The Sea of Galilee is one of the holiest places to Christianity. Every year, hundreds of thousands of tourists and pilgrims visit the place where Jesus walked and fed his followers bread and fish 2000 years ago.
The Sea of Galilee is not only a holy place; it is also Israel’s main above ground water resource. Unfortunately, the many years of drought in Israel have left their mark on the lake and you can now see many islands that up until now were submerged.
In fact, in June this year, Israel recorded the lowest water levels for the lake since accurate recording began 100 years ago.
This depletion of the main water resource of Israel was supposed to be no less than a disaster for the country and its water supply.
Shockingly this isn’t so, quite the opposite – Israel has recently declared a water surplus.
How can you explain the fact that a country that sees only 500mm of rain water annually – a similar rainfall to that of South Africa, when the world average is 860mm – announces that it has a surplus of water even though it’s resources are empty?
The answer is that Israel, that from the start had a declared national water emergency, has invested all of its efforts in the last century into finding a solution to the water problem.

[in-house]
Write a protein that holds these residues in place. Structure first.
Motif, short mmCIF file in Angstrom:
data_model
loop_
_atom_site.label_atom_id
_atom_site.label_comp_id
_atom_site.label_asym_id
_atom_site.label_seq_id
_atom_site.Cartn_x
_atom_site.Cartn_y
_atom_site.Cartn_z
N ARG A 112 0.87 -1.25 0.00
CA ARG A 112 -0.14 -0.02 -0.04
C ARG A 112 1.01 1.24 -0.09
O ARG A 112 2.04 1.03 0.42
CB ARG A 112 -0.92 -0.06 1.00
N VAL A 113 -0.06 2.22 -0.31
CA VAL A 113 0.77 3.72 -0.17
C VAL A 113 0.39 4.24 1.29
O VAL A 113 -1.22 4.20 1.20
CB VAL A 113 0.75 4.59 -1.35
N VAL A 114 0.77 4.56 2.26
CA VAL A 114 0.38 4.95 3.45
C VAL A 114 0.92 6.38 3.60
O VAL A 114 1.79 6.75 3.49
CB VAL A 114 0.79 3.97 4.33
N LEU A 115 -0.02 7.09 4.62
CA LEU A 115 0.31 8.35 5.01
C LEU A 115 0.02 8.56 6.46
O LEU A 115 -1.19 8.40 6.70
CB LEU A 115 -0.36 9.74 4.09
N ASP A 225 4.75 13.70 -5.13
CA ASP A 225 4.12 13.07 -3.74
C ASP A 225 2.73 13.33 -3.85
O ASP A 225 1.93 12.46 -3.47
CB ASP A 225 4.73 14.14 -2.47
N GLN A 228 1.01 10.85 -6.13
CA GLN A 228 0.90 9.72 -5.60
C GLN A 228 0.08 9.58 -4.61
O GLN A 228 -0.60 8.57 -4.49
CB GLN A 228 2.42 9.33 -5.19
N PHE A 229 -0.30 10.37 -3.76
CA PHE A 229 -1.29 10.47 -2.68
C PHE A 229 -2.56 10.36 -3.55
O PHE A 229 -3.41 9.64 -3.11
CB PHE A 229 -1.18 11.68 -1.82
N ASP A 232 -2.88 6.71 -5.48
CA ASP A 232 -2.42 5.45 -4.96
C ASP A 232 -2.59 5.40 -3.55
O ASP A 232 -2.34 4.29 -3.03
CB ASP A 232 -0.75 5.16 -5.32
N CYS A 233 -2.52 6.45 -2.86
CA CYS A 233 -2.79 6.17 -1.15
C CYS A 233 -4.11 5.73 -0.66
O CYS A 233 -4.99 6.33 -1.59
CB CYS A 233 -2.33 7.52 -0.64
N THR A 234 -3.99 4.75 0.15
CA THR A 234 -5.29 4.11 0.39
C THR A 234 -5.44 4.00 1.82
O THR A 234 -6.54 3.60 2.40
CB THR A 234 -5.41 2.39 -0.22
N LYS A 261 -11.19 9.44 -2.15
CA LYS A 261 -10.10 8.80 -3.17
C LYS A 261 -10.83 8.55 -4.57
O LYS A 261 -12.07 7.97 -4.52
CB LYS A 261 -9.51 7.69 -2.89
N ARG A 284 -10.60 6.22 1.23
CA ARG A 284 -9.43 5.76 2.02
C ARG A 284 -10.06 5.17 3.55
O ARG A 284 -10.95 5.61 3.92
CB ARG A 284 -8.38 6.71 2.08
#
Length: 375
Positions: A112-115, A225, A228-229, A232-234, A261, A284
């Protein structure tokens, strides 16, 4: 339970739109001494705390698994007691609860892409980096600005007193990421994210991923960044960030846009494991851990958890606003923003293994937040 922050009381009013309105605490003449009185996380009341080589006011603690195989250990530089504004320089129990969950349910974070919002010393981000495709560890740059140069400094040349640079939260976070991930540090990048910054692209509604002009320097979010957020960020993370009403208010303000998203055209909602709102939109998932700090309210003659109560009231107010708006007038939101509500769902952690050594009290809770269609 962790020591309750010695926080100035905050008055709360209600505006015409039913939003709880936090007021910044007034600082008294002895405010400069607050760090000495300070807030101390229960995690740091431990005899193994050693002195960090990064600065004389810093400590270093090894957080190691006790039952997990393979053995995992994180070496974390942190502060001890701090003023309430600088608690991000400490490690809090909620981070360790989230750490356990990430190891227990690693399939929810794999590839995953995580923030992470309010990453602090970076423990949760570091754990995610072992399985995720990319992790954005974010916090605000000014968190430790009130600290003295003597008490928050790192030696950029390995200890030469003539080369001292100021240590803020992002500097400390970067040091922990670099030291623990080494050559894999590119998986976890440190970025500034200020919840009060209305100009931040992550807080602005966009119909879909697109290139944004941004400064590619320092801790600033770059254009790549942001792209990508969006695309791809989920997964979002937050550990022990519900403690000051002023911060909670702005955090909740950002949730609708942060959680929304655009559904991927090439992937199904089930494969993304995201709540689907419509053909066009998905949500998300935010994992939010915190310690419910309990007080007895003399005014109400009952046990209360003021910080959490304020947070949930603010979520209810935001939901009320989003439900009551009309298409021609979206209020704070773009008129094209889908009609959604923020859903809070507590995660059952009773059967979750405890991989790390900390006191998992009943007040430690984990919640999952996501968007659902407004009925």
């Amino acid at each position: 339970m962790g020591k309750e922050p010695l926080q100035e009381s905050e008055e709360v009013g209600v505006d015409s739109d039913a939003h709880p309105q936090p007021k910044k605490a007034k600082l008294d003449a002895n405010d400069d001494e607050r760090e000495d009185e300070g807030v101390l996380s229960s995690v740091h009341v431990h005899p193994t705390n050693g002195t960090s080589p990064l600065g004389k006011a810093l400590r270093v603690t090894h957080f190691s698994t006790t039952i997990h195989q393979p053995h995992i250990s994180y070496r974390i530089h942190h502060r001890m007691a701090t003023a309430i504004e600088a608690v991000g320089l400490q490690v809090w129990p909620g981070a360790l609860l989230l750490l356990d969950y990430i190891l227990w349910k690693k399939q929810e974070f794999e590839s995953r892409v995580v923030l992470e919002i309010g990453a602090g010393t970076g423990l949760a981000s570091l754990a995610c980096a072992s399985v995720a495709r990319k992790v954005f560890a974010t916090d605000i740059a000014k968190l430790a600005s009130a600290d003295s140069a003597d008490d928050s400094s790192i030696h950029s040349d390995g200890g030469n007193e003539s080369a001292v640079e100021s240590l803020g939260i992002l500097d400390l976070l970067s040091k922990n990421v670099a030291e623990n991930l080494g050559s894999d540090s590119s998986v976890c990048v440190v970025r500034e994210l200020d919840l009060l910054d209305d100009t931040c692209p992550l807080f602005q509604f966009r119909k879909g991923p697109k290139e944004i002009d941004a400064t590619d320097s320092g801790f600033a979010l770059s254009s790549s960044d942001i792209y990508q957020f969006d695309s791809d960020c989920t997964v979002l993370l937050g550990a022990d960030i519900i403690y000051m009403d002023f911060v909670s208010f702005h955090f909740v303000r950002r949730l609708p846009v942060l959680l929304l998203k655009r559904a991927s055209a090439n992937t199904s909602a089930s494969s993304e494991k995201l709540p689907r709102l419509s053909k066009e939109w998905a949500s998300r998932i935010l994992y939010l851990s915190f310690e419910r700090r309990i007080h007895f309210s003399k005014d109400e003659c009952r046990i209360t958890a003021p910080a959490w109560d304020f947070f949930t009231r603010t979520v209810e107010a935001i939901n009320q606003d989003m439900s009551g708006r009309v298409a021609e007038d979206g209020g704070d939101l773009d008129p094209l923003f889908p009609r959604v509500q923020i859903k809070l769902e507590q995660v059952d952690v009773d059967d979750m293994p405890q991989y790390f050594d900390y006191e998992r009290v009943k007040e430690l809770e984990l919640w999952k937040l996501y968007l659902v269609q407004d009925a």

Israel’s success emerges from its ability to incorporate technological solutions together with full cooperation between all of the stake holders: the government, local municipalities, farmers, academics, private companies and all citizens of the country.
All these brought to a situation where if you’re flying over the Middle-East you’d see desert until you’re above the Israeli oasis.
Although Israel has solved its water woes, the rest of the world’s water situation continues to deteriorate.
The UN estimates that 2/3 of the world’s population will soon face drought.
This will cause food prices to rise, many areas to face starvation, and, might create conflict surrounding control of water resources.
This water depletion is a result of over-usage, waste, poor water management, over-exacerbating aquafir waters, pollution and climate change.
Israeli cities ‘lose’ the least amount of water in the world – their leaks and loss of water total 5 %-8 % in each city (South African cities average close to 40%).